TORONTO (Reuters) - Canadian stocks capped their best week in more than two months on Friday, led by mining and financial shares, as expectations central banks would act to shore up the world’s economies offset soft domestic and Chinese data.
A weaker-than-expected reading of China’s July exports rattled investors and hurt oil and metals prices.
But the troubling data was offset by hopes the Chinese central bank could move soon to ease credit policy.
“We’re living under some kind of a dome where all this bad news just bounces right off us,” said Barry Schwartz, vice president and portfolio manager at Baskin Financial Services.
Eight of Canada’s 10 main stock sectors were higher. The heavily weighted materials group, which includes miners, pushed the broader index higher, climbing 0.7 percent.
Gold miners led the way as bullion rose in anticipation the U.S. Federal Reserve and European Central Bank will take further steps to boost their economies. <GOL/>
Potash Corp (POT.TO), the world’s top fertilizer company, climbed 1 percent to C$43.16 as corn futures set an all-time high after the U.S. government slashed the size of the crop in the world’s top grain exporter. <GRA/>
Auto parts manufacturer Magna International (MG.TO) jumped 5 percent to C$43.90 a day after reporting a sharp rise in profit and announcing it would buy a controlling stake in an electric car business.
Canadian financials edged up 0.2 percent, led by Toronto-Dominion Bank (TD.TO), which rose 0.4 percent to C$79.33.
The Toronto Stock Exchange’s S&P/TSX composite index .GSPTSE closed up 32.76 points, or 0.3 percent, at 11,890.89. It was up 2 percent for the week, its biggest weekly percentage gain since late May.
However, trading was subdued and moves exaggerated due to the holiday-shortened week in Canada and generally weaker summer volumes, said John Kinsey, portfolio manager at Caldwell Securities Ltd.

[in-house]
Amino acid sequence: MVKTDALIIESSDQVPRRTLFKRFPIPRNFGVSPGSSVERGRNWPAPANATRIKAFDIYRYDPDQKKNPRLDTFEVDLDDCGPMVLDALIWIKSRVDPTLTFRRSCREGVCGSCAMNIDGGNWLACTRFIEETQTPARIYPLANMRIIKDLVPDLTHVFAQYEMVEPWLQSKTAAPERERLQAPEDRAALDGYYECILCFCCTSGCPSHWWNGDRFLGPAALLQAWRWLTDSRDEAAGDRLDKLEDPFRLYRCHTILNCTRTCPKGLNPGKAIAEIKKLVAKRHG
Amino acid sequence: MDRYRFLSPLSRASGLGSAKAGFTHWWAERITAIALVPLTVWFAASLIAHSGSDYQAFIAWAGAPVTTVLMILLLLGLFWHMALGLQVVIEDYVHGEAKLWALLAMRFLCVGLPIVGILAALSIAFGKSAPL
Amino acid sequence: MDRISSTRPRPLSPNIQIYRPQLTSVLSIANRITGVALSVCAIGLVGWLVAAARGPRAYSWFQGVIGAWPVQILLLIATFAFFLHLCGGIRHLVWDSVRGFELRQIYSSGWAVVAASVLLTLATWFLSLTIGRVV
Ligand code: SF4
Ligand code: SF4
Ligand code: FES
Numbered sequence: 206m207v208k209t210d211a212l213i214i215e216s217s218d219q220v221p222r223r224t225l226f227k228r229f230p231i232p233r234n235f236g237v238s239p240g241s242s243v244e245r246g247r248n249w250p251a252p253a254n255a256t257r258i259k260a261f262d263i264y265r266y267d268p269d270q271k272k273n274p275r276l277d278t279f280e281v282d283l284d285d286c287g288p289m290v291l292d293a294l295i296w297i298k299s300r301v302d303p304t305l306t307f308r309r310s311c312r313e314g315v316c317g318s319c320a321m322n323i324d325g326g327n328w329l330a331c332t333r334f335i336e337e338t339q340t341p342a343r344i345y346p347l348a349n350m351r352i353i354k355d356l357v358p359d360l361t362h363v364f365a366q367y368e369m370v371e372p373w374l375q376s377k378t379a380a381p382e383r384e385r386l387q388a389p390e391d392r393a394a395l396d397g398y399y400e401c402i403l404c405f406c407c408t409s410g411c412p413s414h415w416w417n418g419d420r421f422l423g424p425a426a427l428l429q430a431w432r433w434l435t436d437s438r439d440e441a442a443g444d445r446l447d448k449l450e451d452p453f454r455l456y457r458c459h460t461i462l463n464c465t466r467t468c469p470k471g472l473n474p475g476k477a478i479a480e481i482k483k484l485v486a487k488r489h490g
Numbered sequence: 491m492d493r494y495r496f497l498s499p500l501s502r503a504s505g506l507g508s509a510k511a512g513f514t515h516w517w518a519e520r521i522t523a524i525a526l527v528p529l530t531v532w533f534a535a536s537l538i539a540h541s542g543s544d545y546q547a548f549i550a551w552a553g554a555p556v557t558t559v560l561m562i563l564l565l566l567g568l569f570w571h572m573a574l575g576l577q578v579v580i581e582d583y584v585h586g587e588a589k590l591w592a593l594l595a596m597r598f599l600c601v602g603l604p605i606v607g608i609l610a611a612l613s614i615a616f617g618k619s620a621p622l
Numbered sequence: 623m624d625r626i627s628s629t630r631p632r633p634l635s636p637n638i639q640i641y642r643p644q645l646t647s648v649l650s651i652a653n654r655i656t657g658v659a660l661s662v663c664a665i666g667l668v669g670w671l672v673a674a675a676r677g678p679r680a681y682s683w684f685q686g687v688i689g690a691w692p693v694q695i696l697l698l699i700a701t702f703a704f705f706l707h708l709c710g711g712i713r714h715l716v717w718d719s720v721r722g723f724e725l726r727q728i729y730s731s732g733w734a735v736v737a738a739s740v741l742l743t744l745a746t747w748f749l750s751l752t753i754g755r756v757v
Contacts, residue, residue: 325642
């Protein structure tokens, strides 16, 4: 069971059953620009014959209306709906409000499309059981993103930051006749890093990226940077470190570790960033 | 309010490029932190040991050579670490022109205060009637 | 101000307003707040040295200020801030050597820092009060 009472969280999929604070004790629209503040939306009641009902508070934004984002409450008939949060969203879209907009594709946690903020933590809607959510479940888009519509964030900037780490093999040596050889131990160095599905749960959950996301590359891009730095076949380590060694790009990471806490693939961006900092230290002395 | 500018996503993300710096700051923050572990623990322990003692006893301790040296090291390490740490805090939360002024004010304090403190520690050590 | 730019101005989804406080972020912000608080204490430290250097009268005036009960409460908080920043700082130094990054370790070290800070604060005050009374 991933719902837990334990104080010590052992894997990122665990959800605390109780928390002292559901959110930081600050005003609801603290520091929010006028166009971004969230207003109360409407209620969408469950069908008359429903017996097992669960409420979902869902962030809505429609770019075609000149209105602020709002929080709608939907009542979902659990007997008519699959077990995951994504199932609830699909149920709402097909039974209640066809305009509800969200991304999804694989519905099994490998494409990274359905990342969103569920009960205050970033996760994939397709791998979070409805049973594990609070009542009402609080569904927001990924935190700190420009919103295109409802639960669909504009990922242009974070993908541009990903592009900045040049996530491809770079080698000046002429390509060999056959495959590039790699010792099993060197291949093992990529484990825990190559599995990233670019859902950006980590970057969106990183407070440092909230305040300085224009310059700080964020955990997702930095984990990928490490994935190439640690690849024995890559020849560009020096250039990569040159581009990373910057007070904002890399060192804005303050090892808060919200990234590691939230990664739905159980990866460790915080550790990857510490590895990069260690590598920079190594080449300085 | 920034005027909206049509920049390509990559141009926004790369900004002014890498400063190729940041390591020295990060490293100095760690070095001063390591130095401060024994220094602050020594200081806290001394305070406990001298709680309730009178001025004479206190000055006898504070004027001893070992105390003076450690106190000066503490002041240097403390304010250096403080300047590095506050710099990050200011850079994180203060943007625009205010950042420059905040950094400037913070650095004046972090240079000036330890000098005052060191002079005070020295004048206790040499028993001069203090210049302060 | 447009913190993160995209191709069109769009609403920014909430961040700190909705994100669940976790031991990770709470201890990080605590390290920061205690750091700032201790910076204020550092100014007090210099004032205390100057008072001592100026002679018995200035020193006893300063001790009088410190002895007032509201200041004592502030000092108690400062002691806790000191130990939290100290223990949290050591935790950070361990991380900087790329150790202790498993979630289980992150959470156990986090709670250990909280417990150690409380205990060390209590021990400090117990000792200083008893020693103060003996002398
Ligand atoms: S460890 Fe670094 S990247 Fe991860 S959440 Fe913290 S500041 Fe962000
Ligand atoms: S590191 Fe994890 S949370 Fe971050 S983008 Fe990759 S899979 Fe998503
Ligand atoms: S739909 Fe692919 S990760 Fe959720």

“The volumes are about a third of what they normally are,” he said. “It will likely be very quiet until after Labor Day.”
Trading has been relatively light in August ahead of what is anticipated to be a busier September when traders return from summer holidays and central banks may swing into action.
“Equity markets are perhaps putting too much weight, too much emphasis on salvation by the central banks,” said Carlos Leitao, chief economist at Laurentian Bank Securities in Montreal.
Energy stocks were the biggest drag on the index on Friday, dropping 0.4 percent, as oil prices fell on the disappointing China data. Weaker global oil demand forecasts from the International Energy Agency also weighed.
Major decliners included Canadian Natural Resources Ltd (CNQ.TO), down 1.4 percent to C$30.95, Crescent Point Energy (CPG.TO), which fell 3.1 percent to C$41.04, and Suncor Energy Inc (SU.TO), off 0.3 percent at C$31.78.
Also weighing on risk sentiment was domestic data on Friday that showed Canada’s economy unexpectedly lost 30,400 jobs in July, indicating tepid growth that will likely keep Canada’s central bank on the sidelines for longer.
However, Schwartz noted that while most major economies have slowed, they’re still growing.
“If you eat four bowls of ice cream and now you’re only eating three bowls of ice cream, you’re still not losing weight.”
Additional reporting by Alastair Sharp; Editing by Kenneth Barry